If you take a tour of the poorer neighborhoods in my neck of the woods, you’ll find a lot of single-wide trailers. They aren’t much to live in — they’re ugly, they’re crowded, they leak, they have no style whatsoever — but as domiciles, they’re functional. They work. You can live in one and keep body and soul together.
Drive a few hundred yards in any direction and you find neighborhoods of small, older houses that bear a startling resemblance to the trailer parks down the street. The oldsters around here call them "shotgun houses," named for the prosaic reason that you can fire a shotgun through the front door and the shot will fly through every room of the house before it exits through the back door. The basic floor plans of both are simple: one room "stacked" next to another, next to another, like a single row of alphabet blocks laid end to end.
Amateurs learn to make Web pages like these shotgun houses, except where the shotgun house is built horizontally, the Web page is built vertically. The elements are stacked one on top of the other, like that same row of alphabet blocks stacked vertically. That’s because most people learn HTML before they learn anything about Web design, and basic HTML is just marked-up text: take a chunk of text, mark it up, insert graphics and horizontal dividers hither and yon, and presto! You’ve got a Website.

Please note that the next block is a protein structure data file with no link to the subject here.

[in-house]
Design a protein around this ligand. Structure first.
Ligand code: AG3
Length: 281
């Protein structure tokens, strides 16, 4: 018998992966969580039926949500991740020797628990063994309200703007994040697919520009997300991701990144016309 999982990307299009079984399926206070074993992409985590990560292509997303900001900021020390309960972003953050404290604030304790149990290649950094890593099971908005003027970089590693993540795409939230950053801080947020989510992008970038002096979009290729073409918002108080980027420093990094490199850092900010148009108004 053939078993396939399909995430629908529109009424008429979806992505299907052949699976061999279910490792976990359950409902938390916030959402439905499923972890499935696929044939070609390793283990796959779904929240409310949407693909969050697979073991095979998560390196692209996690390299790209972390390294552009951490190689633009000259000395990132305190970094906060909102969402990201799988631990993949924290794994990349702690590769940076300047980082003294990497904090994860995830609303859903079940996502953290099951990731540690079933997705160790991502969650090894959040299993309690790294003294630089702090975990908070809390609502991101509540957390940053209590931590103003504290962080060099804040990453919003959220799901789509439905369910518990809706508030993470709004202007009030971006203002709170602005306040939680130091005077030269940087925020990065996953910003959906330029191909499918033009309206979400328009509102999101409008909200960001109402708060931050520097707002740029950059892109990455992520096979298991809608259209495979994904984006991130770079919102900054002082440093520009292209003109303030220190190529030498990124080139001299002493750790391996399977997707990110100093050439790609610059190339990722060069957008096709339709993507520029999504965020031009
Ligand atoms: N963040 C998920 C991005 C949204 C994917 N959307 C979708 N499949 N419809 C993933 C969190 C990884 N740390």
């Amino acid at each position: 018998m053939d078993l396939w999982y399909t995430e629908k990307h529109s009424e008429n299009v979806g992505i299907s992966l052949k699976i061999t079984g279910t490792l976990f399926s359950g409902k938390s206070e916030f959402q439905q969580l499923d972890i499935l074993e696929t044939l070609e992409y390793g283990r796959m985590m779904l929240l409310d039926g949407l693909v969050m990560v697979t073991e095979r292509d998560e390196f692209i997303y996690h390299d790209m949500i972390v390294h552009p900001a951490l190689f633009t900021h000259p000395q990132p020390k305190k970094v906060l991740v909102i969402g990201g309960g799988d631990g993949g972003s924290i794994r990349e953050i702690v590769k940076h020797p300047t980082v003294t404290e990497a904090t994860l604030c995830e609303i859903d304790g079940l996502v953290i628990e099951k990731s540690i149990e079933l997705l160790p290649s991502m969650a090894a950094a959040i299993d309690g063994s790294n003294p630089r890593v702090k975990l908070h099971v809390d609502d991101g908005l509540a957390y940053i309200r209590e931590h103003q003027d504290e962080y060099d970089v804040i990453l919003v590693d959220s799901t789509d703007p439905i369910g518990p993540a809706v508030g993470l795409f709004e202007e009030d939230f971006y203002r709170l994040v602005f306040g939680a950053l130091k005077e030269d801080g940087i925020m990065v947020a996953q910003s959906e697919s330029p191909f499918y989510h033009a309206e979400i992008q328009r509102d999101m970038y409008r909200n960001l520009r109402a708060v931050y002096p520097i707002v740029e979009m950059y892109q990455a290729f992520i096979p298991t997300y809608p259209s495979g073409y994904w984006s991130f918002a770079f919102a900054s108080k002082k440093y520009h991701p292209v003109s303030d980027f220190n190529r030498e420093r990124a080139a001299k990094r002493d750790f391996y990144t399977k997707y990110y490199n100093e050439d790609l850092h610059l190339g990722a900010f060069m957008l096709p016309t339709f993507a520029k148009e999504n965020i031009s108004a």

For many people, this is enough. But for the rest of us, it’s only a beginning. We don’t want to design trailer-park Websites forever; we want to design cathedrals (or at least a nice two-bedroom bungalow with a little sun room and a breakfast nook)!
SitePoint is preparing to release Dan Shafers’ new book HTML Utopia: Designing Without Tables Using CSS. There are plenty of other cutting-edge articles on SitePoint about working with advanced table design, designing "beyond" tables, and the like. I recommend them highly, if you’re ready to step into such a rarefied atmosphere.